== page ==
9. The queen bee can live 3-4 years, but her biological clock ticks a lot faster than you might think. Just a week after emerging from her queen cell, the new queen flies from the hive to mate. If she doesn’t do so within 20 days, it’s too late; she loses her ability to mate. If successful, however, she never needs to mate again. She holds the sperm in her spermatheca and uses it to fertilize eggs throughout her life.
10. A drone’s sole purpose is to mate with the queen. Once a lucky drone does, he dies soon after.
11. A single bee colony can produce up to 100 pounds of honey, which is harvested by the beekeeper.
12. It takes approximately 30,000 bees (a colony) to pollinate an acre of fruit trees.
13. In her entire life, a worker bee only produces 1/10 of a teaspoon of honey.
14. It takes up to 10,000 worker bees to produce a pound of honey.
15. Worker bees only live up to 6 weeks during the working season.
Honey bee communication
16. Bees possess the most sophisticated symbolic language outside of any animal besides the primate family. Within a honey bee’s brain are millions of neurons packed into only a cubic millimeter. They perform what is called “the honey dance” to communicate with other bees.
17. Older worker bees are the foragers, bringing nectar back to the colony. The mature, worker bees drink the nectar from flowers, using a straw-like proboscis. The nectar is stored in a special stomach called the honey stomach. The worker continues to drink until her stomach is full. A process called inversion takes place within the worker’s stomach. Special enzymes break down the complex sugars of the nectar transforming them into simple sugars, which are less prone to crystallization. With its belly full, the older worker returns to the hive. At the hive, the older worker regurgitates the transformed nectar. At this point, a younger, hive bee ingests the liquid into her stomach, which then breaks it down even further. Once that process is complete, the younger worker regurgitates the nectar into a cell of the honeycomb. The hive bees then beat their wings furiously, fanning the nectar to evaporate the remaining water content. As a result, the sugars thicken into honey. Finally, the hive bees cap the beeswax cell, sealing off the honeycomb for later consumption.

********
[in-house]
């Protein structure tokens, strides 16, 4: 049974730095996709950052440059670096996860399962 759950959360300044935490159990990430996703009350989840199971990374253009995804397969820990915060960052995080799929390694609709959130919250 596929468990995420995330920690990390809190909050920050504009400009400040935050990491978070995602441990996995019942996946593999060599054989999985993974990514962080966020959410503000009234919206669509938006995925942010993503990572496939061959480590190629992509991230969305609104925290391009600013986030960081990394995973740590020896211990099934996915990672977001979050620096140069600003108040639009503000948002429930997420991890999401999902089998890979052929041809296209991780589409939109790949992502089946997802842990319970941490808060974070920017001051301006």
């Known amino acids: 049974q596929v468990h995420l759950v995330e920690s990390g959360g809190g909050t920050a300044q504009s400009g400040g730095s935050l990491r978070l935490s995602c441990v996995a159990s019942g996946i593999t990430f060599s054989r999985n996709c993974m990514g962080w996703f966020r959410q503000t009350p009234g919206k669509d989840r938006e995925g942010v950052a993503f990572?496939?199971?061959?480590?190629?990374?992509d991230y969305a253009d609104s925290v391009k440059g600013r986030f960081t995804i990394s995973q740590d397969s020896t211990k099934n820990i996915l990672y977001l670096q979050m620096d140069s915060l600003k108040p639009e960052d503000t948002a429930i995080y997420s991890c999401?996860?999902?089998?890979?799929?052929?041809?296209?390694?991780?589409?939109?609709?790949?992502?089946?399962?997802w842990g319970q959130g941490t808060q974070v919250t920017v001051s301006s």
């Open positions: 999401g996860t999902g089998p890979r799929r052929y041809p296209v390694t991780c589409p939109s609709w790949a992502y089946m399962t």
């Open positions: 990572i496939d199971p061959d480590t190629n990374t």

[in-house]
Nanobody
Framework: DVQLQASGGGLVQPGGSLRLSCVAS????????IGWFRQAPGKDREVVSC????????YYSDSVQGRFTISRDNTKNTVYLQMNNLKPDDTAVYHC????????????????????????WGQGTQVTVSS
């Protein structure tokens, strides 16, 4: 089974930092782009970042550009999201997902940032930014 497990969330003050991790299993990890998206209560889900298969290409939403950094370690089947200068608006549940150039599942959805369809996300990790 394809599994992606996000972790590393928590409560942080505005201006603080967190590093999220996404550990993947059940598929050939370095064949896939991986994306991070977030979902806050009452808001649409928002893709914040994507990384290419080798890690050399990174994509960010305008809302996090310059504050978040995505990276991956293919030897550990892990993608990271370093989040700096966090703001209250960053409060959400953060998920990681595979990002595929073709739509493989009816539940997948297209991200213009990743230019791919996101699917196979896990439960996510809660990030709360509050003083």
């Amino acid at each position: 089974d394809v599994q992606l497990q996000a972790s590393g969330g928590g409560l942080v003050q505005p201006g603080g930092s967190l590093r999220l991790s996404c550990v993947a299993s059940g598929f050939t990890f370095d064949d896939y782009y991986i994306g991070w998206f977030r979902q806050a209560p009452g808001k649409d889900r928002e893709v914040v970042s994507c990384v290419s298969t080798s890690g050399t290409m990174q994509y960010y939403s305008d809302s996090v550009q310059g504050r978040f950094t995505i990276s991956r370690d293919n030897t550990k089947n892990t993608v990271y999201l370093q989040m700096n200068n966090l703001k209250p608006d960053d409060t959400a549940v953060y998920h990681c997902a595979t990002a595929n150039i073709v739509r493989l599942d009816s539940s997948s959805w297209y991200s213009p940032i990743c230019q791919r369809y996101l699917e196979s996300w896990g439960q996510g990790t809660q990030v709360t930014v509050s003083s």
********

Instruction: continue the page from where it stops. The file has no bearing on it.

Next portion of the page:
18. A worker bee can visit up to 2,000 flowers per day.
19. Honey bees can fly up to 15 miles per hour.
20. Honey bees have 5 eyes, 3 small ones on the top of their heads and 2 large ones in the front.
21. Bees maintain a constant temperature of 93 degrees Fahrenheit within their hive whether is 100 degrees or 50 degrees below zero.
22. Honey bees are the only insects that produce food for humans.
23. There are over 20,000 different species of bees. But only 4 make honey: The Italian, the Carniolan, the Russian,and the Caucasian.
24. After a bee sting in which the worker leaves behind her stinger, the venom sac can continue to pump venom into the wound up to 20 minutes.
25. The honey that bees produce is the only food that contains all of the nutrients and minerals needed to sustain life: enzymes, vitamins, minerals, and water. In addition, honey is the only food that contains pinocembrin, which is anantioxident associated with improved brain functioning.